A four-year long conversation was continued Monday in a City of Gainesville Digital Access Committee meeting.
The meeting served as an update on the projects the committee has been working on, so no new decisions were made.
The Digital Access Committee aims to address digital divides among residents in Gainesville. Over the years, they have proposed multiple projects that work toward this goal, including an effort to provide high-speed, low-cost internet access for local businesses and residents.
Sheyla Santana, Smart City Coordinator for the City of Gainesville, outlined the projects the committee has been focusing on at Monday’s meeting.
One of these projects is the creation of a hands-on tech center for students in the area. This would provide Gainesville youth with hands-on experience in science and technology.
The center would have internet and computer access as well as opportunities for job and career training. Santana said a proposed location for this center is in the Porter’s Community Center.
The center would feature robotics and programming opportunities, a 3D printer, drone and self-driven car technology, and a computer lab.
Another of these projects is the addition of smart benches in Gainesville, part of a years-long initiative to turn Gainesville into a “smart city.”
Smart city refers to an urban area that uses different electronic methods and sensors to collect data. This data is then used to manage city resources and services more efficiently.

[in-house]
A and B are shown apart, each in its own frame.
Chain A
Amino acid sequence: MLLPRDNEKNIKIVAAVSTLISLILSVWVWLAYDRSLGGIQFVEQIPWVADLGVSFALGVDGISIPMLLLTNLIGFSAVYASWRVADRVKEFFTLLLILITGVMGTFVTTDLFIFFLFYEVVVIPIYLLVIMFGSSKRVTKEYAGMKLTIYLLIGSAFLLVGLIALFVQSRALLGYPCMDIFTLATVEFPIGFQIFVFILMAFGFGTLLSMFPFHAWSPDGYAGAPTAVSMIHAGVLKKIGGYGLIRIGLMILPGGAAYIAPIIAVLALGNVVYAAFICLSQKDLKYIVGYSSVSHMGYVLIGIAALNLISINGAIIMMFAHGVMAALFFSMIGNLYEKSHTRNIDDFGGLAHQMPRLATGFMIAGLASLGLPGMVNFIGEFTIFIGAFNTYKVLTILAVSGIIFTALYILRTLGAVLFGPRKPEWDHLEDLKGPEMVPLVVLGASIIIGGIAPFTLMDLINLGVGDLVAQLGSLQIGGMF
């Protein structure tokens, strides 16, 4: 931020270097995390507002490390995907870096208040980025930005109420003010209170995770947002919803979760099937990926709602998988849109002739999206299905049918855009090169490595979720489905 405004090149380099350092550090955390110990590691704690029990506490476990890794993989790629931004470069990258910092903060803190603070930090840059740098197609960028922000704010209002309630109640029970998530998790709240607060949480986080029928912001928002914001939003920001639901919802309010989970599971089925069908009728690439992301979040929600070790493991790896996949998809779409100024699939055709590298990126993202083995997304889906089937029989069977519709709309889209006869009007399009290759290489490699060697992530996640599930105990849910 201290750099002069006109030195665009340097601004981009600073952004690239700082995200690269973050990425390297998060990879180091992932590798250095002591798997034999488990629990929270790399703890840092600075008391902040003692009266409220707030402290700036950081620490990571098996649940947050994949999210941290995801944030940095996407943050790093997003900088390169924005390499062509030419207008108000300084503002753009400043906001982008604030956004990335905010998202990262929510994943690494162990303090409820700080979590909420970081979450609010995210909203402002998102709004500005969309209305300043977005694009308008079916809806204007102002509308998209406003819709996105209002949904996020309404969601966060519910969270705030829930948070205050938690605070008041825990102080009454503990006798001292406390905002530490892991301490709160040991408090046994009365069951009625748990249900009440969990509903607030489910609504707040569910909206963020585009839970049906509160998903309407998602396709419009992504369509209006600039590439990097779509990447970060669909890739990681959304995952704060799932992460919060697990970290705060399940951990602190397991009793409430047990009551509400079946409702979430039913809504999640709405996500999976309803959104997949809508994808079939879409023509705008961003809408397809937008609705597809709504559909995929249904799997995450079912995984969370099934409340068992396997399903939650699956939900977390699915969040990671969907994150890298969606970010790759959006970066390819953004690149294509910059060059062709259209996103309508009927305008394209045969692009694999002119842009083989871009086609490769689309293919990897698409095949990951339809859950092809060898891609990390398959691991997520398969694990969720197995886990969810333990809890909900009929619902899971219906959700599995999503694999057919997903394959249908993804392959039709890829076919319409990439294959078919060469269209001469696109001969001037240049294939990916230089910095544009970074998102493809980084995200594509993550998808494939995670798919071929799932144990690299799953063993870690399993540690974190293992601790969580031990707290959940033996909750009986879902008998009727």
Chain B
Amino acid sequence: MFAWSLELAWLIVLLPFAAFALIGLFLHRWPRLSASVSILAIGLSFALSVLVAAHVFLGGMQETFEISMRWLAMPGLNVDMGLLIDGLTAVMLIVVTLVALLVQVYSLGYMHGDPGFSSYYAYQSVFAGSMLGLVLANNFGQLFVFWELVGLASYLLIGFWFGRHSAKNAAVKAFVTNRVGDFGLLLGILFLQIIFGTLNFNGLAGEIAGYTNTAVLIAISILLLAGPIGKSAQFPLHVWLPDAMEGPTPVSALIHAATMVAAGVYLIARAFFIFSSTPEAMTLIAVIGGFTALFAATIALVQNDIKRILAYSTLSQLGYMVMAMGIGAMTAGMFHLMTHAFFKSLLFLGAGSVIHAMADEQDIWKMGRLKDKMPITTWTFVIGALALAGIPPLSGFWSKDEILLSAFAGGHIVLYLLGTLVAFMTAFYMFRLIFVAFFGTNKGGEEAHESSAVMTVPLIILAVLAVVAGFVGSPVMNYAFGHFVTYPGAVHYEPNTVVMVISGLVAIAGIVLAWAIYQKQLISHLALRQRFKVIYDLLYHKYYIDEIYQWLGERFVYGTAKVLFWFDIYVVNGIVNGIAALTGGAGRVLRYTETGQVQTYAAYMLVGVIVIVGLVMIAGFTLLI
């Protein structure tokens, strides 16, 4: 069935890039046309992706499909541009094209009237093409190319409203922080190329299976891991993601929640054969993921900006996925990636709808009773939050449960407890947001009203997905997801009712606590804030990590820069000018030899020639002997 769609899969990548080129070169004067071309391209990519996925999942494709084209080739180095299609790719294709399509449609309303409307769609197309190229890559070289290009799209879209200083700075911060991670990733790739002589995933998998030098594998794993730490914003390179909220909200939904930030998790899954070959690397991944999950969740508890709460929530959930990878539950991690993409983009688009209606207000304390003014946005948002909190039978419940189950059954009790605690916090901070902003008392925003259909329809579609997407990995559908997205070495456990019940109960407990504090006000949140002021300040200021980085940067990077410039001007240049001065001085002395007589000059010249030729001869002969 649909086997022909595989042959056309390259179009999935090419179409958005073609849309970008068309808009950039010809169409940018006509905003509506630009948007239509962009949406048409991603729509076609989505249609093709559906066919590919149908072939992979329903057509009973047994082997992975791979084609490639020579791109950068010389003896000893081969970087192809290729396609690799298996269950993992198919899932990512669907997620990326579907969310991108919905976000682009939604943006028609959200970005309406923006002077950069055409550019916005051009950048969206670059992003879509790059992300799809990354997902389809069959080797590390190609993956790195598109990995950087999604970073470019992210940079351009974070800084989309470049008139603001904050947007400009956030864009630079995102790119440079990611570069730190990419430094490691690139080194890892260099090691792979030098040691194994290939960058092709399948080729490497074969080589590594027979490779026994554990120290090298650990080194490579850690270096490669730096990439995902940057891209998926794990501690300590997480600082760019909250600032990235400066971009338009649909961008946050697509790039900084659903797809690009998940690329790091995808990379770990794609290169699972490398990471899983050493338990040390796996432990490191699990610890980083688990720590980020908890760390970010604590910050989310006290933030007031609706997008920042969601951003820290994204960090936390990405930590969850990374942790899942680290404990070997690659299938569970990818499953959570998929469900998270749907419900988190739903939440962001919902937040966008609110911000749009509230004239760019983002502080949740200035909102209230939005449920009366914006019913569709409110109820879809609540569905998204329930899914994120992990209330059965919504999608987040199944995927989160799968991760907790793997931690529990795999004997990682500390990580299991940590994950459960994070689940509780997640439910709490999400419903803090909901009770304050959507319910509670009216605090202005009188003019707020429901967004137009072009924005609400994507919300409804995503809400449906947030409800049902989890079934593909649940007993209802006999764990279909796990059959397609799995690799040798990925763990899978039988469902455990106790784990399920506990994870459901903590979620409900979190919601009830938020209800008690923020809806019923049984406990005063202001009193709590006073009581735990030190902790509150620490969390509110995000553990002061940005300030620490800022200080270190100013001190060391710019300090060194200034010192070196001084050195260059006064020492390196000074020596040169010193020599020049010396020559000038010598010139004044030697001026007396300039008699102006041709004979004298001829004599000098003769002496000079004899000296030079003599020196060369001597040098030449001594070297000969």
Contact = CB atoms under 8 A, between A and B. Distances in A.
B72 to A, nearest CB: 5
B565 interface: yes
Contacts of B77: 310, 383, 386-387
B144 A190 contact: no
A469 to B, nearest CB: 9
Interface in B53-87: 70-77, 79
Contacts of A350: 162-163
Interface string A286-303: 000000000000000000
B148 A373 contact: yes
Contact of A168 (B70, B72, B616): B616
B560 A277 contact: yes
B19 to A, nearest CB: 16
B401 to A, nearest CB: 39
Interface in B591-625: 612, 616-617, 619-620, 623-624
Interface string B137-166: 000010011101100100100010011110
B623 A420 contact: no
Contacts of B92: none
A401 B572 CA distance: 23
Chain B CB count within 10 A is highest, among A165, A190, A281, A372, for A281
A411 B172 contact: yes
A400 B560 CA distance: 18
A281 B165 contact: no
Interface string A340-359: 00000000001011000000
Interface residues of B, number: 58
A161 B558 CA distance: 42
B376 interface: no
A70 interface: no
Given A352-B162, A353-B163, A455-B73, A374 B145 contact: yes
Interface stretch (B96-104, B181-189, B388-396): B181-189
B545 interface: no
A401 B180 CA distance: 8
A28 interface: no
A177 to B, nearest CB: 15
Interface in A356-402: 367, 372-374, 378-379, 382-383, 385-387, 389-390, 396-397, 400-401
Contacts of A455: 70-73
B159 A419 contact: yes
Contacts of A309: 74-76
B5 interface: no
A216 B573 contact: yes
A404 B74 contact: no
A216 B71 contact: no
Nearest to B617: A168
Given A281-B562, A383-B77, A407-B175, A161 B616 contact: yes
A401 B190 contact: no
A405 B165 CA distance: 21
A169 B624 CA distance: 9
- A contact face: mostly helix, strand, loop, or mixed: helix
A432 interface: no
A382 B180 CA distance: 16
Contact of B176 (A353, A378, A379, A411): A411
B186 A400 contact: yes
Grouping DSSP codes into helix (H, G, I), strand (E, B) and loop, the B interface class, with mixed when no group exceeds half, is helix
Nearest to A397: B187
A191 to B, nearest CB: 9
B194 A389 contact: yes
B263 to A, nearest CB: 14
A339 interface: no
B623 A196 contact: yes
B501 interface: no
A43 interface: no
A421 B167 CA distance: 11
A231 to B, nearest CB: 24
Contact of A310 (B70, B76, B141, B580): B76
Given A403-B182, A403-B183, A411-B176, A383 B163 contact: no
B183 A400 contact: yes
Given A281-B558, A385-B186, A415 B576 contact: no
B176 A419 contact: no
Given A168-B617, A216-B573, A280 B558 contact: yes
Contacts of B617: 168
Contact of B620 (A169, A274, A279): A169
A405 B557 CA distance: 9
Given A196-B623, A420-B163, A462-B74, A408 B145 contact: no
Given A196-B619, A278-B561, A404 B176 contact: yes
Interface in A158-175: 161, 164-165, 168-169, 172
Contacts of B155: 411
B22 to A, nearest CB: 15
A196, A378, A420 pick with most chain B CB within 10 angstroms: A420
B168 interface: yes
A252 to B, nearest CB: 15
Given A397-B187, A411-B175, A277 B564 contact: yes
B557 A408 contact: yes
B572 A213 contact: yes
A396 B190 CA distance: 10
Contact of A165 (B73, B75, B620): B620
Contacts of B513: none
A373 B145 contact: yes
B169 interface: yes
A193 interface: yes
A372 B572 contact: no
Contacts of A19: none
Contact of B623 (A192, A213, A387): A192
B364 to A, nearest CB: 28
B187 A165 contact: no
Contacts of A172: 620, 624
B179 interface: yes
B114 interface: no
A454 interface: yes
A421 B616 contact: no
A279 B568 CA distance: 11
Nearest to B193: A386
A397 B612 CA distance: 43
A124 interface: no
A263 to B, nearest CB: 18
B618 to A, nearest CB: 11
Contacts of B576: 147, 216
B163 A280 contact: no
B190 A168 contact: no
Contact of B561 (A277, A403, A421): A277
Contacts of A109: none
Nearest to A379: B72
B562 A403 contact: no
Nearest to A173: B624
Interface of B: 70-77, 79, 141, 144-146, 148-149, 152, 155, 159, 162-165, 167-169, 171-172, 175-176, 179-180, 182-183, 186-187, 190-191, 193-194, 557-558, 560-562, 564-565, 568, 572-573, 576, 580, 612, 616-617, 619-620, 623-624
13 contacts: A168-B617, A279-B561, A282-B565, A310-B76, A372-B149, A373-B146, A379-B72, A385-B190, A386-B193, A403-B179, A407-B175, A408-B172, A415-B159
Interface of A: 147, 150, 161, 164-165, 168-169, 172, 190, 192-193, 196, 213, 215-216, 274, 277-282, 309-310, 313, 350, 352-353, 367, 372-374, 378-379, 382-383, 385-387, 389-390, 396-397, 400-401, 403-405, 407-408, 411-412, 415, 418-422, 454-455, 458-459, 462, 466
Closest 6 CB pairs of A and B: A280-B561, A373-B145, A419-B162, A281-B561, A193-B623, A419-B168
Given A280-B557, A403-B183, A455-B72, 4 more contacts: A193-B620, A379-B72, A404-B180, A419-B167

Smart benches typically include USB charging ports and are solar powered. They sometimes also use sensors to collect data on how many people pass by and weather trends. However, Santana discussed several other features that could come with them.
These include a Wi-Fi hot spot, LED lights, a button to contact emergency services, a USB charger, a bike repair tool kit, and a screen to display city resources.
The committee is currently looking at several manufacturer options for the smart bench, Santana said. As the concept of bringing smart benches to Gainesville continues to be developed, they are expected to be set up for a trial period in July.
Commissioner David Arreola was in favor of bring smart benches to Gainesville and said he thinks the benches are a good first step toward Gainesville becoming a smart city.
“It’s something that I’d like this commission to leave as a legacy for future commissions,” Arreola said. “Because I think it’s about getting that first foot in the door for smart city technology.”
The committee is also working toward providing free Wi-Fi in Lynch Park, the Porter’s Community, and Depot Park.
These areas will be part of a phase one pilot project which will most likely begin in July, Santana said.
Commissioner Harvey Ward expressed frustration with the lack of action since the smart city conversation first began in 2017.
“I have, and I’m sure the rest of you have, been telling people in the community about this for years now,” Ward said. “When you have four years of conversation about it, it ceases to be credible.”
Gigi Simmons agreed, saying decisions need to be made soon before technology advances and prices increase.
“This committee needs to take the lead and start these more aggressive conversations,” Simmons said.